JM said...

Out Loud--over and over...and over--until you're sick of hearing yourself. Visualize what Oberon is saying (as noted above) --he paints vivid pictures. If you record the lines and cues do it without emotion; just plainly speak them, don't try to act them on tape or you'll wind up getting into a rut that's hard to get out of. Listen to your tape when you can't speak out loud and make it the last thing you hear as you drift off to sleep at night. When you get to the blocking, association with the space will make it easier to solidify what you know. Break a leg.
It's a great role--chew on it.

Anonymous said...

THANK YOU!! this site really helped
did you know some of your tips actually contradict some other sites tips for memorizing Shakespeare
one of them for me was listening and watching a movie with the lines I'm supposed to remember (try youtube)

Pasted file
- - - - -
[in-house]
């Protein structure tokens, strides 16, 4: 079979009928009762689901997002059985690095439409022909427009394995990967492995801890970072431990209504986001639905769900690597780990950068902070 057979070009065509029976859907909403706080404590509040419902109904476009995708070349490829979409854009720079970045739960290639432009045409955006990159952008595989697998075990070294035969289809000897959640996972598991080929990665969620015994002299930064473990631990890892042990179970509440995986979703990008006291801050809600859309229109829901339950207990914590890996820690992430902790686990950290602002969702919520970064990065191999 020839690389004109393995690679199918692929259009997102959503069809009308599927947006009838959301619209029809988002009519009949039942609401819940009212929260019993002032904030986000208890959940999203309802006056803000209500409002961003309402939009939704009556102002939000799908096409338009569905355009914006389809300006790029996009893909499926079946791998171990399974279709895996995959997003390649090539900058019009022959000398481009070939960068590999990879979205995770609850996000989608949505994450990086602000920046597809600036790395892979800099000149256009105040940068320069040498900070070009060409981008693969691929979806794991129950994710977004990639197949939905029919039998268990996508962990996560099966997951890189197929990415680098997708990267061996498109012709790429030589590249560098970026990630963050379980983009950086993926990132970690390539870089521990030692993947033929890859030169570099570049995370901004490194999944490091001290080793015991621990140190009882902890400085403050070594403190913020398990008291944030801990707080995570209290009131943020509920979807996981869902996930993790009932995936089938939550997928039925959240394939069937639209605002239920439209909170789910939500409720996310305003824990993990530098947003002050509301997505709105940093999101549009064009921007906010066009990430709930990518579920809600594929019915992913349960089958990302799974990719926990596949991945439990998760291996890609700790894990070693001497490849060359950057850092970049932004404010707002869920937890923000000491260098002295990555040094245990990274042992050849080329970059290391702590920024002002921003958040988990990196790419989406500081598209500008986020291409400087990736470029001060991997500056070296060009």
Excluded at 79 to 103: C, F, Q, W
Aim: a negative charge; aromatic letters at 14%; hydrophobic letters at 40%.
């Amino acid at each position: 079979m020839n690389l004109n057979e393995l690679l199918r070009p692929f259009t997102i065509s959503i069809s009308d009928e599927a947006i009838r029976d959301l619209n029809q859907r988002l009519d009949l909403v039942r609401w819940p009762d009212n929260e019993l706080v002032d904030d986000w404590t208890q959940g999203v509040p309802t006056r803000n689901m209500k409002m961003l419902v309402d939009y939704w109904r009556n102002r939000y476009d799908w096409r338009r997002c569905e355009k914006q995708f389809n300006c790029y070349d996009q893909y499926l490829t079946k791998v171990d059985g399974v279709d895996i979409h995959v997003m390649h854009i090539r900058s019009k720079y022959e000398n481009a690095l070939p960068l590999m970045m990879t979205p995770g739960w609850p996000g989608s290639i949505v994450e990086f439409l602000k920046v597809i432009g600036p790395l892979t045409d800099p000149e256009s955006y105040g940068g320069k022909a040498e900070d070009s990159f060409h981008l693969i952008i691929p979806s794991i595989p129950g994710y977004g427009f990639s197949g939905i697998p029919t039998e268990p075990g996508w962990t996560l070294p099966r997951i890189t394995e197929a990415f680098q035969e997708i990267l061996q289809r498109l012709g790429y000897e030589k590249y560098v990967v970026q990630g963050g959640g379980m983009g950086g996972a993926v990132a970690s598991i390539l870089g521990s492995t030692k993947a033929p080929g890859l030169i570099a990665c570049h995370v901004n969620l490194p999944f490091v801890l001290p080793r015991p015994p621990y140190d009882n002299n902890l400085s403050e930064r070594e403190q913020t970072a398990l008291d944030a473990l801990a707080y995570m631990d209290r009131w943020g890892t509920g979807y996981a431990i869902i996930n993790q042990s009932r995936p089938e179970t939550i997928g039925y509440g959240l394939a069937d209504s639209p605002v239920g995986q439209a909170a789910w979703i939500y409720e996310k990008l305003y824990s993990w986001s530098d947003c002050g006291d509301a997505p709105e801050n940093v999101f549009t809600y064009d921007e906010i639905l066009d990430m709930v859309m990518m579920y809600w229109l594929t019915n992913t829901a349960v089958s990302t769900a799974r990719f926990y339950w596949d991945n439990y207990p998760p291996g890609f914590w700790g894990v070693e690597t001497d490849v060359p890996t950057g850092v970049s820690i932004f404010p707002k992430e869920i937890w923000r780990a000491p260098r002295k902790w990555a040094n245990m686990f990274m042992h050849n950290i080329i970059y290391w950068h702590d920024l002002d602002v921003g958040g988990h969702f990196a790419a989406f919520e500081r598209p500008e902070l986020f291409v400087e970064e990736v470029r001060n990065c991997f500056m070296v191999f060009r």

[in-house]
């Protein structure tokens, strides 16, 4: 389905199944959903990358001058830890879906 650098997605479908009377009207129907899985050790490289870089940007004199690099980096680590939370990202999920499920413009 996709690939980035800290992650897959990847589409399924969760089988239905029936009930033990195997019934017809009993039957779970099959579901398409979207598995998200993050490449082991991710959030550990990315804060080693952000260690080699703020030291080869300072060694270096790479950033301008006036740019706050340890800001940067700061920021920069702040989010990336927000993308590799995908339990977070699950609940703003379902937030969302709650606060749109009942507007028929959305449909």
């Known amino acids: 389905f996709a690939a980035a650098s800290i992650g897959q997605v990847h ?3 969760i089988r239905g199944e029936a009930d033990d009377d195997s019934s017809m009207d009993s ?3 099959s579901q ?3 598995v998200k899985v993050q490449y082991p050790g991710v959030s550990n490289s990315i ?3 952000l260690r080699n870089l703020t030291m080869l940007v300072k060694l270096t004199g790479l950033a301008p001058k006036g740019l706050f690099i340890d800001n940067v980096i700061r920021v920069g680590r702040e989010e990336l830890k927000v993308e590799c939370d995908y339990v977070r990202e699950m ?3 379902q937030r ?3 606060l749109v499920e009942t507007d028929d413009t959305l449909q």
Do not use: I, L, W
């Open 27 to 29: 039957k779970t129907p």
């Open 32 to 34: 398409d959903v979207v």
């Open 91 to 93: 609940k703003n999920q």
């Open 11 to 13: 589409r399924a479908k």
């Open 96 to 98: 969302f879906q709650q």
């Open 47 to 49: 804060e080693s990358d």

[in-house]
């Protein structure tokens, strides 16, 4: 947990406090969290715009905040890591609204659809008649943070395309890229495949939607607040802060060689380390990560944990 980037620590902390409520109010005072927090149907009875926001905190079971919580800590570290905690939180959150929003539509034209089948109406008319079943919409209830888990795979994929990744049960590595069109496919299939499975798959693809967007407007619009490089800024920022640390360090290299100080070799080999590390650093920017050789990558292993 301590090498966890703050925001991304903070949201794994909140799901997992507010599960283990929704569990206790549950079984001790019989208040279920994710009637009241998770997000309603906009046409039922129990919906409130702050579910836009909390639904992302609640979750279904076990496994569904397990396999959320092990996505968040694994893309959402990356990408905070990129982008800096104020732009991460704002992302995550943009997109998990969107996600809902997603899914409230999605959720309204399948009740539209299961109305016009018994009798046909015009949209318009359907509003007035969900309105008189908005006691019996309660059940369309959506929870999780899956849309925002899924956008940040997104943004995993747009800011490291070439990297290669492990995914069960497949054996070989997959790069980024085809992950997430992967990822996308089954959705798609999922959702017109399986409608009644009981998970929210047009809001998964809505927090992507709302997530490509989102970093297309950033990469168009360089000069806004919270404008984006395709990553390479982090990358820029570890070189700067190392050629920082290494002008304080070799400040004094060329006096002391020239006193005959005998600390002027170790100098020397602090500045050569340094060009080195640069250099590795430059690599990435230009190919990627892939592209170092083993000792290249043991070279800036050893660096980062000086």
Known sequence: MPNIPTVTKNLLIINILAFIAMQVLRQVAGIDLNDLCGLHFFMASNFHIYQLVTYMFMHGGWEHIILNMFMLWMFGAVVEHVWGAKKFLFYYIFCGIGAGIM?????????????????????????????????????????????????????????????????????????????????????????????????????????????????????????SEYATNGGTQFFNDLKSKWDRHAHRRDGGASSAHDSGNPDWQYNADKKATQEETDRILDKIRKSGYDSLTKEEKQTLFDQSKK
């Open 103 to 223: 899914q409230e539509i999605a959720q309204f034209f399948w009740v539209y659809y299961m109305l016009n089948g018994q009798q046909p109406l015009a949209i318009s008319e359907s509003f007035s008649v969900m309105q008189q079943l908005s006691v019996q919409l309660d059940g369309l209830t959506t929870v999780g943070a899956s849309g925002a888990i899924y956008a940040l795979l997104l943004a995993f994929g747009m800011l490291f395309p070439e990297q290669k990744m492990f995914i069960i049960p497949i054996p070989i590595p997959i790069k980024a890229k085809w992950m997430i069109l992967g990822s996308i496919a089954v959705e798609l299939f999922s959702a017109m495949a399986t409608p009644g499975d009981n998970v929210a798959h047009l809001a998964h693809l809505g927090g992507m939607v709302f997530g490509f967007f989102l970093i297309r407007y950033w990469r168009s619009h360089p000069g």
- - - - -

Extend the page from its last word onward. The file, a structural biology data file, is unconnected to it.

but other sites said to not do that since I'll be confused with how the actors said it and their "European accents"
but I didn't listen to them and memorized 8 line within 30mins of watching it
(I have to memorize 14 lines
of hamlet's soliloquy "to be or not to be")

Anonymous said...

It does help. Gotta memorize Romeo and juliets balcony scene by Wednesday and so far I'm on the second page which is like line115

Anonymous said...

Just read it and write it over and over again while saying it. Did that and had it down in 40 mins. no joke. That is, 32 lines of Romeo in the balcony scene. Try it that way.

Anonymous said...

For my english class I have to memorize 15-20 lines of "A Midsummer Night's Dream". We are allowed to chose any section of it, and I play the role of Hermia, usually. Are there any suggestions of wich lines I should try to memorize? Thanks!